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Trump Fired Comey. Then the FBI Took Action: Report

Newser — Jenn Gidman

The New York Times has a new "bombshell" on President Trump, and it ties back to a probe into his potential ties to Russia—not Robert Mueller's investigation, but one reportedly opened by the FBI soon after Trump fired FBI Director James Comey on May 9, 2017.

Sources say the president's behavior after that event caused the bureau to start looking into whether he was working for Russia against US interests (either knowingly or unwittingly), whether what he was doing posed a threat to American national security, and whether getting rid of Comey could be considered obstruction of justice.

The Times pinpoints two specific instances that jump-started the inquiry: a letter Trump penned to Comey (and never sent) that mentioned the FBI's investigation into Russia, as well as an NBC News interview days after Comey's firing in which Trump seemed to suggest he fired Comey over the Russia probe.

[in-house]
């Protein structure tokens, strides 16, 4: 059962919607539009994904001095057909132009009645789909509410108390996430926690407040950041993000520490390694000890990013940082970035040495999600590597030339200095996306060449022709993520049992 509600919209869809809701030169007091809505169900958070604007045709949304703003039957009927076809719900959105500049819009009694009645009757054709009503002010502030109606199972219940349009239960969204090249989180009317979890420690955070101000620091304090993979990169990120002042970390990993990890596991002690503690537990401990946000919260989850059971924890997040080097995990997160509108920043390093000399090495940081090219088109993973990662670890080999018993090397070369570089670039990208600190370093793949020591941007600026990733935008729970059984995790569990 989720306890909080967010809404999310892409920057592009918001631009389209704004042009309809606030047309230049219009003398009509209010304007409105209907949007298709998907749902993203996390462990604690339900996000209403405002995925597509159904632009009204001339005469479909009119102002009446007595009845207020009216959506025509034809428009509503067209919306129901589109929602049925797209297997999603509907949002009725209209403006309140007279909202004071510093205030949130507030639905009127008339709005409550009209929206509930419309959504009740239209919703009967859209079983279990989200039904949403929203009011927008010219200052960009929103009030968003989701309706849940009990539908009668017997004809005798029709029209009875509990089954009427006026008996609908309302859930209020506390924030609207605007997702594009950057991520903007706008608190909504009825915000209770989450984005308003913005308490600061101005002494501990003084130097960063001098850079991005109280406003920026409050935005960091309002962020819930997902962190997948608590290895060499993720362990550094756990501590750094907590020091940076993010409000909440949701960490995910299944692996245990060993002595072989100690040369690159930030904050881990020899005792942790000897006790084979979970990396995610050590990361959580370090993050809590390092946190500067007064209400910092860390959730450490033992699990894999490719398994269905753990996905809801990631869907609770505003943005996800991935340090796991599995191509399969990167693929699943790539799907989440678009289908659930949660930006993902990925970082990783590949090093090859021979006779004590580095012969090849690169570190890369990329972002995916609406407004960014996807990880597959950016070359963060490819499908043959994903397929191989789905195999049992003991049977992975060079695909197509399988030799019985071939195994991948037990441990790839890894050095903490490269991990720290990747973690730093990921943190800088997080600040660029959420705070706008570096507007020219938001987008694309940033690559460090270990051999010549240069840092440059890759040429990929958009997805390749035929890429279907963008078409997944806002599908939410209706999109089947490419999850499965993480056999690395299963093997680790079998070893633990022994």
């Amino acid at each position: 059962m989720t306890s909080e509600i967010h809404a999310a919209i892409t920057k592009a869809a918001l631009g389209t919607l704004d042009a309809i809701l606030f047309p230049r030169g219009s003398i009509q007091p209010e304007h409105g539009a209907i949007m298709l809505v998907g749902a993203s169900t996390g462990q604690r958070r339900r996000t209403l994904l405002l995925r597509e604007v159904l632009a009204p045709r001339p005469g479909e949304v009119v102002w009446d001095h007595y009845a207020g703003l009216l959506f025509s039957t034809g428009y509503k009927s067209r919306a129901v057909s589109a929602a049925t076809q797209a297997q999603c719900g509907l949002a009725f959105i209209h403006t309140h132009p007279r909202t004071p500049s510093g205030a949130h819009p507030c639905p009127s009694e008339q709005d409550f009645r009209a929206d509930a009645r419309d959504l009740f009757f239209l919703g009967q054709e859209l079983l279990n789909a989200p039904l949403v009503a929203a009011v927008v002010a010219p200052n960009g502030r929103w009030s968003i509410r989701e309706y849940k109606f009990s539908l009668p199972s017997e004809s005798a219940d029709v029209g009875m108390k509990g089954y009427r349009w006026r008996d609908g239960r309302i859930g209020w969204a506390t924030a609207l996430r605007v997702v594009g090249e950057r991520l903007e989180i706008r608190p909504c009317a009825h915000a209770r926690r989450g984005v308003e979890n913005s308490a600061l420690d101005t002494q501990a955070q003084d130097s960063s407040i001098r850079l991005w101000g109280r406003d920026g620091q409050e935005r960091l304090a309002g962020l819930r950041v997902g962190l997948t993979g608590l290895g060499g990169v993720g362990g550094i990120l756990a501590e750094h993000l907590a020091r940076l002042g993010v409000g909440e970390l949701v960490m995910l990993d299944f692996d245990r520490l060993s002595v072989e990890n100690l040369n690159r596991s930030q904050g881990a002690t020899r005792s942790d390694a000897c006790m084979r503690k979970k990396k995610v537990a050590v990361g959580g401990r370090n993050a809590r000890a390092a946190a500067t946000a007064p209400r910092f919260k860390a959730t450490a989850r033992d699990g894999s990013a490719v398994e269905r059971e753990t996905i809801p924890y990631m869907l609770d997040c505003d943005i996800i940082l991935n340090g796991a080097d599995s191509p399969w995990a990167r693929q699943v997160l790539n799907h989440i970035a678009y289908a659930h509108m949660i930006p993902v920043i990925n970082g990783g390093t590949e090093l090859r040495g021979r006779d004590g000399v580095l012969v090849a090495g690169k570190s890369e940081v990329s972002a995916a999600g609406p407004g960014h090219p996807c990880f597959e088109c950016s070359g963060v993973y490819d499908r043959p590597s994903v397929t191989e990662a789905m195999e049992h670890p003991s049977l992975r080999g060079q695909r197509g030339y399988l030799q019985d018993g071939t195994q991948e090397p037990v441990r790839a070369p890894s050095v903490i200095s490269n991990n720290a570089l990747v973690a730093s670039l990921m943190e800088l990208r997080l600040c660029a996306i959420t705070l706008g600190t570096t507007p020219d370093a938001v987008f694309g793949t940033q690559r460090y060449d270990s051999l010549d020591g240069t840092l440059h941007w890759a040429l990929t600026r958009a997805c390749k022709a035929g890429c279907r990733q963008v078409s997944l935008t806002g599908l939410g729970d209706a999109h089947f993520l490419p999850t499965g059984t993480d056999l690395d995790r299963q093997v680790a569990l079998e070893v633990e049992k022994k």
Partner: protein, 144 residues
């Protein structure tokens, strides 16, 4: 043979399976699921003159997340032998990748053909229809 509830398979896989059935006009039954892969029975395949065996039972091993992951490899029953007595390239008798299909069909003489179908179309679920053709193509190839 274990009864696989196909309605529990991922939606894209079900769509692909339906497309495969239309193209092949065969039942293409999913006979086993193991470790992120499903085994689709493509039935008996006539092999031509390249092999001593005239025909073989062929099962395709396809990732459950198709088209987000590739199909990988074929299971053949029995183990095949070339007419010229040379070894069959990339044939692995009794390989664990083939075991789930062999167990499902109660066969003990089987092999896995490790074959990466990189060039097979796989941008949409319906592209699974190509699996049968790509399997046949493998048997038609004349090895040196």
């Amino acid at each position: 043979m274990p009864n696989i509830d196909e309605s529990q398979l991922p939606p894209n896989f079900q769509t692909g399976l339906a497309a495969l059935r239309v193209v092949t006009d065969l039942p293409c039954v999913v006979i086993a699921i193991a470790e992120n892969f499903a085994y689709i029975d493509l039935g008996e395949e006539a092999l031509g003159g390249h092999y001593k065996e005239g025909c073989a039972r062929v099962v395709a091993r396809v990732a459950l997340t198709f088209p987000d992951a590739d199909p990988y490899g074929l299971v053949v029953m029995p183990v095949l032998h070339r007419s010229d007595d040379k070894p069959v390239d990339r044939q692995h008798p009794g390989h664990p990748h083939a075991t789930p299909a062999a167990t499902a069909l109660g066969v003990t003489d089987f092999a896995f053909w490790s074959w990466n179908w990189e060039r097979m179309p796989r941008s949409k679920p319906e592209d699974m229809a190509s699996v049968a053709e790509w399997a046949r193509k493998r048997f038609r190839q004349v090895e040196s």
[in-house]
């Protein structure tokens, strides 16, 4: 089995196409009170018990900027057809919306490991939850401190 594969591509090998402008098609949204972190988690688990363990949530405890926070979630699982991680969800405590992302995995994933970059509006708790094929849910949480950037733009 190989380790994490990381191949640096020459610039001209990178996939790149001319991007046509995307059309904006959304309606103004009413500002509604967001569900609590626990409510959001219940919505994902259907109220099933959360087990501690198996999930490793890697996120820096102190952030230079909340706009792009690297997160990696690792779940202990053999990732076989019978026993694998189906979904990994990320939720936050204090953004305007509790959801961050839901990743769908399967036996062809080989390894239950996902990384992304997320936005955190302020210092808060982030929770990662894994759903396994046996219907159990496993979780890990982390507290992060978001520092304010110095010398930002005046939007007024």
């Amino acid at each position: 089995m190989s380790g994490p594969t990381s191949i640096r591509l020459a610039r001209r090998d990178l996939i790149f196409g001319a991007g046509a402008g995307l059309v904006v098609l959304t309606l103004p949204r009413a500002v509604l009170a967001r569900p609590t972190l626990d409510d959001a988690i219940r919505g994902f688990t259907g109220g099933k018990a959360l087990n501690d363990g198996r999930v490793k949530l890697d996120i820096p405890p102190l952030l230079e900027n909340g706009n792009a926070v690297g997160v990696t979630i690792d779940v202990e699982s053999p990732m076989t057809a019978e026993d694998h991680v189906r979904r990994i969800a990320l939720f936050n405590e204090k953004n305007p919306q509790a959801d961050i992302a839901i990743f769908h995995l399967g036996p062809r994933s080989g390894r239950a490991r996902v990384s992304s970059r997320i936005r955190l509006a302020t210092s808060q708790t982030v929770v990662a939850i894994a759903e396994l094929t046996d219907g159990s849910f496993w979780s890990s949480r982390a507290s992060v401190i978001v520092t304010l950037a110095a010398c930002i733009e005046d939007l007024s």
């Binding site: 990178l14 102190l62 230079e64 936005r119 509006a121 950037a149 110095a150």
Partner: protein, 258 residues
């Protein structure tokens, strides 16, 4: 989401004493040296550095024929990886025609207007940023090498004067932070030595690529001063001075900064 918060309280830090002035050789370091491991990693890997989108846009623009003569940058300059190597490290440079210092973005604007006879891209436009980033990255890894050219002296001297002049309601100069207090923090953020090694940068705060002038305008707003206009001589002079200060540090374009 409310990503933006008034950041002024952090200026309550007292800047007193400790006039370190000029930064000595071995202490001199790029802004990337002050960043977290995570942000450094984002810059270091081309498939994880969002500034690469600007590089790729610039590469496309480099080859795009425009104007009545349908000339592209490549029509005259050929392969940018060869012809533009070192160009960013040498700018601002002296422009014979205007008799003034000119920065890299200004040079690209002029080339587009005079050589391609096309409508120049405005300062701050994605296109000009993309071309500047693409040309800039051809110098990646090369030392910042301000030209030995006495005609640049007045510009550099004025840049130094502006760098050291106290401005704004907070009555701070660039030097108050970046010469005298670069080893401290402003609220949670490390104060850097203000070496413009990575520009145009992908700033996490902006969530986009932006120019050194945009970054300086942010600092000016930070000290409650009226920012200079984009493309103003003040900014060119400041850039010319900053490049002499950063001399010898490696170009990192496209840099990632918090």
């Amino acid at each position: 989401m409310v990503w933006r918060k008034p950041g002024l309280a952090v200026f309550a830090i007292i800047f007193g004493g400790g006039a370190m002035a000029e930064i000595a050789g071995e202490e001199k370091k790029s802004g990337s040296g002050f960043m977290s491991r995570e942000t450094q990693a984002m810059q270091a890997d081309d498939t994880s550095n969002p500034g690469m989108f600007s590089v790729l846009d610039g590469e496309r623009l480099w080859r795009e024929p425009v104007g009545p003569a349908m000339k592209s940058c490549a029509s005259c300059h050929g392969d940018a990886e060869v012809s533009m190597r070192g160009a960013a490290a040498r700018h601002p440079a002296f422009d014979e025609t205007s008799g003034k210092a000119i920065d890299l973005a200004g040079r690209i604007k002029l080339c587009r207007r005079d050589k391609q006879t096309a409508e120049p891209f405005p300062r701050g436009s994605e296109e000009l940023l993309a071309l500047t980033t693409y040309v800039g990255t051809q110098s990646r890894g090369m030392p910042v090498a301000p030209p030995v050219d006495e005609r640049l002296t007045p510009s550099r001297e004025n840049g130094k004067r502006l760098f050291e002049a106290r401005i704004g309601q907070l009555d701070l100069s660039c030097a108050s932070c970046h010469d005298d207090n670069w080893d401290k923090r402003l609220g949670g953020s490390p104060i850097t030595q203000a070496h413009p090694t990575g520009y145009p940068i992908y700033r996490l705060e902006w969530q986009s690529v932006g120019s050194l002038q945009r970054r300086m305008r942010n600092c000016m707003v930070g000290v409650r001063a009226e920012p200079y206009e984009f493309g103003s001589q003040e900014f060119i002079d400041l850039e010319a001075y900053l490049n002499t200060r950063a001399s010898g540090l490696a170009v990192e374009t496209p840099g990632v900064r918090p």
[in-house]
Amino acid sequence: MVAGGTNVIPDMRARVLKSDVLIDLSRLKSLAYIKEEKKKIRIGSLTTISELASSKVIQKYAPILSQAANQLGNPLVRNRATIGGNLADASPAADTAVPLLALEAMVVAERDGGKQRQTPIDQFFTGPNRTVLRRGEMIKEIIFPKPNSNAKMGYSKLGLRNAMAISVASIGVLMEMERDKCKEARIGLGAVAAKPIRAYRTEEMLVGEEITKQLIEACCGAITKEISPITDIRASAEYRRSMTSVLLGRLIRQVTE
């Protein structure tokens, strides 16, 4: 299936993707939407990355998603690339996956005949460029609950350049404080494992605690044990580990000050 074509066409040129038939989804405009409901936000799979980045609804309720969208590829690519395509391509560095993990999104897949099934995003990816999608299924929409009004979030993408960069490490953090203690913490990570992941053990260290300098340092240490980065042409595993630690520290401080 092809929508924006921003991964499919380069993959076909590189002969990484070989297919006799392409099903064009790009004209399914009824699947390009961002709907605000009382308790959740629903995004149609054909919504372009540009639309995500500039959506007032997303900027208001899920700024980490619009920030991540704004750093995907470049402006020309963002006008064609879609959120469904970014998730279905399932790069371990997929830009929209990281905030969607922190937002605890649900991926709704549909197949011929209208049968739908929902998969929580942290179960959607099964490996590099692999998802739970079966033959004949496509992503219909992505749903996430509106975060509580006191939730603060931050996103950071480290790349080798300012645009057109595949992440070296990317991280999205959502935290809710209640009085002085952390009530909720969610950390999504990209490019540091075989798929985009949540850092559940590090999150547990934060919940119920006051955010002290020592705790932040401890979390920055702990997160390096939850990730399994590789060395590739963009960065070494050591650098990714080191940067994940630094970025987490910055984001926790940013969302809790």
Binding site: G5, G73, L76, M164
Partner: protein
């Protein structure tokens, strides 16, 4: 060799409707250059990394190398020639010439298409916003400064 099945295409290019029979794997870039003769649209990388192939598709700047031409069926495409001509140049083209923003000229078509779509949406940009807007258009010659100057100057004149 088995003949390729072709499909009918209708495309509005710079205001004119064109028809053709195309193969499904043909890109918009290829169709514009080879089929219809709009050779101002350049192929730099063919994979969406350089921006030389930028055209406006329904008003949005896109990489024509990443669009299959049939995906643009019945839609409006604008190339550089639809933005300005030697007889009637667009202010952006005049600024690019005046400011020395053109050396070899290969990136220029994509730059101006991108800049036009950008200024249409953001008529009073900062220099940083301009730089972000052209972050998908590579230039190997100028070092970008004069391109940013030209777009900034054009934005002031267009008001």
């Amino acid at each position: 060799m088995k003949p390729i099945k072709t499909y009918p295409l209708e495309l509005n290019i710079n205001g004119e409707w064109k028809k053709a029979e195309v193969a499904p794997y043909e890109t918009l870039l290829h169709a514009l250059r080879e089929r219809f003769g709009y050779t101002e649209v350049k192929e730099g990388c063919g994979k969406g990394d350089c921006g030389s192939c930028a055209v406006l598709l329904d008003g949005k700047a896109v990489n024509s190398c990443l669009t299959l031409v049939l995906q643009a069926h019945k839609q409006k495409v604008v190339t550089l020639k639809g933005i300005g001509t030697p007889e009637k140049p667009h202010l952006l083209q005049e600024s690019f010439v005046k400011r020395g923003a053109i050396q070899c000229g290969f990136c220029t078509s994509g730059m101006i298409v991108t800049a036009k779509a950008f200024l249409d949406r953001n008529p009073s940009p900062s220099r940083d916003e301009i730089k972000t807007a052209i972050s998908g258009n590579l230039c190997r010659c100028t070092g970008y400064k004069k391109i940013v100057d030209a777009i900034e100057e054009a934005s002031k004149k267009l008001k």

The FBI inquiry was brought under Mueller's umbrella when he was appointed on May 17, 2017. White House press secretary Sarah Sanders backed up her boss Friday, calling the Times report "absurd," per Fox News.

The president pumped out his own series of pushback tweets Saturday morning, trashing Comey, ex-FBI Deputy Director Andrew McCabe, and Comey's "best friend" Robert Mueller, as well as claiming that "corrupt former leaders" of the FBI "opened up an investigation on me, for no reason & with no proof." He added: "I have been FAR tougher on Russia than Obama, Bush or Clinton. Maybe tougher than any other President. At the same time, & as I have often said, getting along with Russia is a good thing, not a bad thing. I fully expect that someday we will have good relations with Russia again!"

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